In a study from 2017 to 2020, the CleanImplant Foundation, a non-prot organisation based in Berlin in Germany, analysed sterile-packaged implants from various manufacturers. In cooperation with Charité—Universitätsmedizin Berlin in Germany, a total of 14 ceramic implant systems and 86 implant systems made of titanium and its alloys were examined under the SEM. The protocol of analysis used in this quality assessment study was published in a 2019 pilot study by Duddeck et al. The samples were examined for contaminants under the SEM in a testing laboratory accredited according to the DIN EN ISO/IEC17025:2018 standard. For the study, the implants were unpacked in a particle-free environment (Class 5 clean room according to the DIN EN ISO 14644-1 standard) and subsequently scanned in the same clean room to exclude any laboratory interference with the test samples. To an unexpected extent, that is, in more than one-third of the samples examined, the analysis revealed factory-related residues and contamination. SEM imaging identied not only carbonaceous contaminants in signicant quantities (Fig. 5) but also foreign metals such as chromium, iron, tungsten, nickel, copper and tin. Implants made of titanium and zirconium dioxide were affected, regardless of price, market position, size of the manufacturer or production location.
Subsequent to the SEM/EDS analysis, selected contaminated implant samples were additionally exam-
ined by a detailed ToF-SIMS analysis. Polysiloxanes, that is, synthetic polymers (Fig. 6), thermoplastics and residues of dodecylbenzene sulphonic acid were found on the implant surfaces. This cytotoxic surface-active chemical is one of the most aggressive components in many cleaning agents and is classied as a hazardous substance.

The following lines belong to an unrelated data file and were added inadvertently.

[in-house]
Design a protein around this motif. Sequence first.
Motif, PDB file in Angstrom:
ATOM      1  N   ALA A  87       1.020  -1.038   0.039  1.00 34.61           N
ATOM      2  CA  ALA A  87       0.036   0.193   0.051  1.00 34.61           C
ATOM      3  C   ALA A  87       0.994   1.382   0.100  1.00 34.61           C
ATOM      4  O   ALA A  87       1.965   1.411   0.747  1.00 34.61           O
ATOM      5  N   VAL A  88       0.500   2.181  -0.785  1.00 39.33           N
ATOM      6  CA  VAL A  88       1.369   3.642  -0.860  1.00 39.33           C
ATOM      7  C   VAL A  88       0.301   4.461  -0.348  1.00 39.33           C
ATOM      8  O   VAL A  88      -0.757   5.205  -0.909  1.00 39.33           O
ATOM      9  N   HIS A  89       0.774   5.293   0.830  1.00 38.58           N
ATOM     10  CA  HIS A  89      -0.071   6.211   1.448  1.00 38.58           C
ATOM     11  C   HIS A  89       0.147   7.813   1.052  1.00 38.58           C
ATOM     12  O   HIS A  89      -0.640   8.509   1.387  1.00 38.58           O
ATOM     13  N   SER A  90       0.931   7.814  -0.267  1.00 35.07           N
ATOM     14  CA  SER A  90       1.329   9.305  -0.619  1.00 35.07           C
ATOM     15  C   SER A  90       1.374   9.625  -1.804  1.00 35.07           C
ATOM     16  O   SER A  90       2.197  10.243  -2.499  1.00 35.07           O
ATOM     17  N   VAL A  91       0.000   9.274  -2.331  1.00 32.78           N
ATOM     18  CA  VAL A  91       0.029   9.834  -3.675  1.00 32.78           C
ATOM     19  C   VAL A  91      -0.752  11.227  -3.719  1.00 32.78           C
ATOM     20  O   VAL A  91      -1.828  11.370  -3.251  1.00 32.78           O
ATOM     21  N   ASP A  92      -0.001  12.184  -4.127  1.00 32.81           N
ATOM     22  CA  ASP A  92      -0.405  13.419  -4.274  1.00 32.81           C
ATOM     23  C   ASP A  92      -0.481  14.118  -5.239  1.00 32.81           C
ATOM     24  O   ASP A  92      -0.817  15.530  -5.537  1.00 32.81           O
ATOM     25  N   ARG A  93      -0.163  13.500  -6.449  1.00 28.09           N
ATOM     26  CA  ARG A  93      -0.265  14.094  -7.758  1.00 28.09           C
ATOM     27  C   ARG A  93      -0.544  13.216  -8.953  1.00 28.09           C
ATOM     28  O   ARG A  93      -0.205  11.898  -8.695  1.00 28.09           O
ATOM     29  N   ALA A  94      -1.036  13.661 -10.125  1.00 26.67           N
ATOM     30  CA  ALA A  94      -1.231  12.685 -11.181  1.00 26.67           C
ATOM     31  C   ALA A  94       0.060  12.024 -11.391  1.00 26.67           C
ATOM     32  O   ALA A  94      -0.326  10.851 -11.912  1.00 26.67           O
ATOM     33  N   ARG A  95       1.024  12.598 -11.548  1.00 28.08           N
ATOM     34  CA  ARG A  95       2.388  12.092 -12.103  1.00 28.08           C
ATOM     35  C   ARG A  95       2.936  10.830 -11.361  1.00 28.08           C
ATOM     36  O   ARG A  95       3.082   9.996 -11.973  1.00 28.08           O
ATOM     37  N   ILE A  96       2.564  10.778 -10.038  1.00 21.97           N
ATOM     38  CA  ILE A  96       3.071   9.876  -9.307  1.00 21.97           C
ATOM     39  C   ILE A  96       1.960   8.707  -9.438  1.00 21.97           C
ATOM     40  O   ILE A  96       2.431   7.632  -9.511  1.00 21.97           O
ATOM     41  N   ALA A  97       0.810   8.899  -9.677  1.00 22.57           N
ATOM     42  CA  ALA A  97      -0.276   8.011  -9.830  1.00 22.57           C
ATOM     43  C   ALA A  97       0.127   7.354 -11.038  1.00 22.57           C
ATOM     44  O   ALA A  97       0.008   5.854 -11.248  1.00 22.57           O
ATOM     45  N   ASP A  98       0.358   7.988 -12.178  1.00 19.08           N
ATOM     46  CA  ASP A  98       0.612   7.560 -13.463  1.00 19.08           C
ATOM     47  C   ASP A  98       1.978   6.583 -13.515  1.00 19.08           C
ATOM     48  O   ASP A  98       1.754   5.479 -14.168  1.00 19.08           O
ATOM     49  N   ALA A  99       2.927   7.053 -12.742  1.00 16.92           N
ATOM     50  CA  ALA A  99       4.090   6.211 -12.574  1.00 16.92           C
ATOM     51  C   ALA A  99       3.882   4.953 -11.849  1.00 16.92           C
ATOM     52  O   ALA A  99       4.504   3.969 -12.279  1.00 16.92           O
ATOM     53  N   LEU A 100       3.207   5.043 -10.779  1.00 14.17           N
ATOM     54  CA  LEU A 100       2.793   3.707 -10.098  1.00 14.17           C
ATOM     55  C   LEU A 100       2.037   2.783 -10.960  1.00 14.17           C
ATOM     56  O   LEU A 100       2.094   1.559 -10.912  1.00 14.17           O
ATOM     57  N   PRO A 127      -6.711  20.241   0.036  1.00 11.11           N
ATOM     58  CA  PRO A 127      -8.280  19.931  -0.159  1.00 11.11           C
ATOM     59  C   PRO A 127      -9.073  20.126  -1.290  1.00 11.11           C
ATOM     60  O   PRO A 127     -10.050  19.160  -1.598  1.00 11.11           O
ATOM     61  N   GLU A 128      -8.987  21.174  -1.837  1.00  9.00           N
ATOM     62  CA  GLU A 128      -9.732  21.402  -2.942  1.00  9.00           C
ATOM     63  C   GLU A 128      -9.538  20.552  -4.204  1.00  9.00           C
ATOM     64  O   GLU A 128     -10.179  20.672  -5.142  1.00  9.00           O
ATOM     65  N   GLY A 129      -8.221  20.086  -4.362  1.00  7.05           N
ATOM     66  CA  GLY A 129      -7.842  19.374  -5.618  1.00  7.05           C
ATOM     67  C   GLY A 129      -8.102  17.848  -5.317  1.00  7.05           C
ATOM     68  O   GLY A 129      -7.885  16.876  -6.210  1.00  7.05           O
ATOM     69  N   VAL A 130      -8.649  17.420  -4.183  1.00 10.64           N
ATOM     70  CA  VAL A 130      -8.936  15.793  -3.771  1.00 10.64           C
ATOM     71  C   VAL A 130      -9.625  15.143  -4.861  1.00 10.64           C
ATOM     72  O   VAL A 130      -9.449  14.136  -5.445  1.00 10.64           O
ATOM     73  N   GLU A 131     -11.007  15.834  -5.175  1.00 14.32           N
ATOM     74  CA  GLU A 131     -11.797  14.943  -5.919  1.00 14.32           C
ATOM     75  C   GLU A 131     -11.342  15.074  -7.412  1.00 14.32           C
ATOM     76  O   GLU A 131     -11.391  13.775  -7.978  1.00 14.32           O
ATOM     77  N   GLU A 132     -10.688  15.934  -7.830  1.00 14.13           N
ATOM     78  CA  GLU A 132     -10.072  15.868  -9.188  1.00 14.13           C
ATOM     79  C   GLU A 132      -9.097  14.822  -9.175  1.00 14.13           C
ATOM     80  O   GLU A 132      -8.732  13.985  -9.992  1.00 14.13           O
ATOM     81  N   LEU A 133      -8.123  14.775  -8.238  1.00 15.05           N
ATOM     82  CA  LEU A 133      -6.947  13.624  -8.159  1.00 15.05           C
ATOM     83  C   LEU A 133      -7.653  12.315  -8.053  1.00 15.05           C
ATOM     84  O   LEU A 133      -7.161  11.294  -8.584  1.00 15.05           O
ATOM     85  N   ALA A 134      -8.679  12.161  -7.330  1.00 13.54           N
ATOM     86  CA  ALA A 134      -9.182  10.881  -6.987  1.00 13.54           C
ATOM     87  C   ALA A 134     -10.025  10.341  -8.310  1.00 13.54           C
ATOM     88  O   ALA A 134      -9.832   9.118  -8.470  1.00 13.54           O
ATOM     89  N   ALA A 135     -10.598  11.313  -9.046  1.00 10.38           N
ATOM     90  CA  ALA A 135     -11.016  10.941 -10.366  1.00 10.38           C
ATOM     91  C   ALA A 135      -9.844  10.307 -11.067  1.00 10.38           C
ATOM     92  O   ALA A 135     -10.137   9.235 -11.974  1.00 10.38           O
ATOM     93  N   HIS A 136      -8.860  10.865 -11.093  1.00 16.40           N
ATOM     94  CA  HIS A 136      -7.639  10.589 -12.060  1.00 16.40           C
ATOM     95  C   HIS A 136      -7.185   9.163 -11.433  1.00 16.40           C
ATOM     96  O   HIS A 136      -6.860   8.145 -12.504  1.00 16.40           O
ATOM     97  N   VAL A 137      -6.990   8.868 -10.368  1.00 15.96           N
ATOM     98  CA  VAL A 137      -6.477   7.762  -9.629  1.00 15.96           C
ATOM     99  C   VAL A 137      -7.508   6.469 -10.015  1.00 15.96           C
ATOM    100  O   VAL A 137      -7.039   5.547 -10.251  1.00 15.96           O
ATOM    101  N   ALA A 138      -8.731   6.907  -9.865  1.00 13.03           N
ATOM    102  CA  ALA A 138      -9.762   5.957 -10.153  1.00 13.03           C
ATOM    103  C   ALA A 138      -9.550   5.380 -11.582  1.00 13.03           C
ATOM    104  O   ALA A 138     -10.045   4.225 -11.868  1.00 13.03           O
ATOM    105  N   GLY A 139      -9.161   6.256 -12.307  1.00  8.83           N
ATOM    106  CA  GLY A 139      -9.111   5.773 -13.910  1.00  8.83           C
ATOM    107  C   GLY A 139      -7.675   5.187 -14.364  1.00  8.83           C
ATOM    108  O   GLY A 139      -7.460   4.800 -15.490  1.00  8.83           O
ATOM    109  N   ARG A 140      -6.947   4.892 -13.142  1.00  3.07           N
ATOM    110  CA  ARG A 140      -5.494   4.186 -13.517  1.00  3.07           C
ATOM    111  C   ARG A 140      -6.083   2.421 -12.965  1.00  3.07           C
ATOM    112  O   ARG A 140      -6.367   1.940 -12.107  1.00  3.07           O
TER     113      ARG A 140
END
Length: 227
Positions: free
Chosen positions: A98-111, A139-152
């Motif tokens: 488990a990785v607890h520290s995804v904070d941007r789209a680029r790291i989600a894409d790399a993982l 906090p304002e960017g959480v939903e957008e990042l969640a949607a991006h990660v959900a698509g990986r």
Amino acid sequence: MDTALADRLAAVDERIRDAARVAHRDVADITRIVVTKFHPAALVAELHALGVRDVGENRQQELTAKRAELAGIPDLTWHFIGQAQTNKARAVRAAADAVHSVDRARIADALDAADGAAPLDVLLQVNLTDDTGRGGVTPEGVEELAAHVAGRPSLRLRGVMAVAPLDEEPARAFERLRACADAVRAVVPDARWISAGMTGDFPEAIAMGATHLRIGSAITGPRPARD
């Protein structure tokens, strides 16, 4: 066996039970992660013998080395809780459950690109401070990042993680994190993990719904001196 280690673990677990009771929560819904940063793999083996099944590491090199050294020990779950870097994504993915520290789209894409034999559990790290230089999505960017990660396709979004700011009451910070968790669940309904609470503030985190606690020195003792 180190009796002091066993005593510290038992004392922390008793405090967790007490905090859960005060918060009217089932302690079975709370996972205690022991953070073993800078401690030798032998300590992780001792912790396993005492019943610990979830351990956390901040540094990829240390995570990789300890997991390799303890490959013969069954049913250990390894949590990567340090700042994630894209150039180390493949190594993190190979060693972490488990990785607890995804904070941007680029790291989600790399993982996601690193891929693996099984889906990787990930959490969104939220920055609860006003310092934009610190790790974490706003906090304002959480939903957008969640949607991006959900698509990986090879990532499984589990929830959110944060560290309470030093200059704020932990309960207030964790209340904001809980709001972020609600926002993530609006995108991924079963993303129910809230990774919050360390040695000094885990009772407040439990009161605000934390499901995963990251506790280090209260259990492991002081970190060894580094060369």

In particular, organic carbonaceous foreign materials have been associated with initial bone loss or even
peri-implantitis in the literature. Increased osteoclast activity associated with a possible foreign-body reaction, resulting in peri-implant bone resorption, could be the cause. Exposure to foreign particles induces macrophages to secrete tumour necrosis factor-, interleukin-1, interleukin-6 and prostaglandin E2, which in turn stimulates the differentiation of osteoclast precursors into mature osteoclasts. This response would explain clinically striking bone loss during the initial healing phase or the early onset of peri-implantitis. All particles found in the study appear to have survived the wet chemical cleaning procedures in the manufacturing process or contaminated the implant in the handling and packaging process. Especially foreign particles with a size of 0.2–7.2 μm are classi ed as pro-in ammatory.7–9 If they detach from the surface during the insertion of the implant, macrophages take up the particles by phagocytosis and subsequently release proin ammatory cytokines. The result is an expanding zone of soft-tissue damage and in ammation.
Independent test procedure provides safety for dentists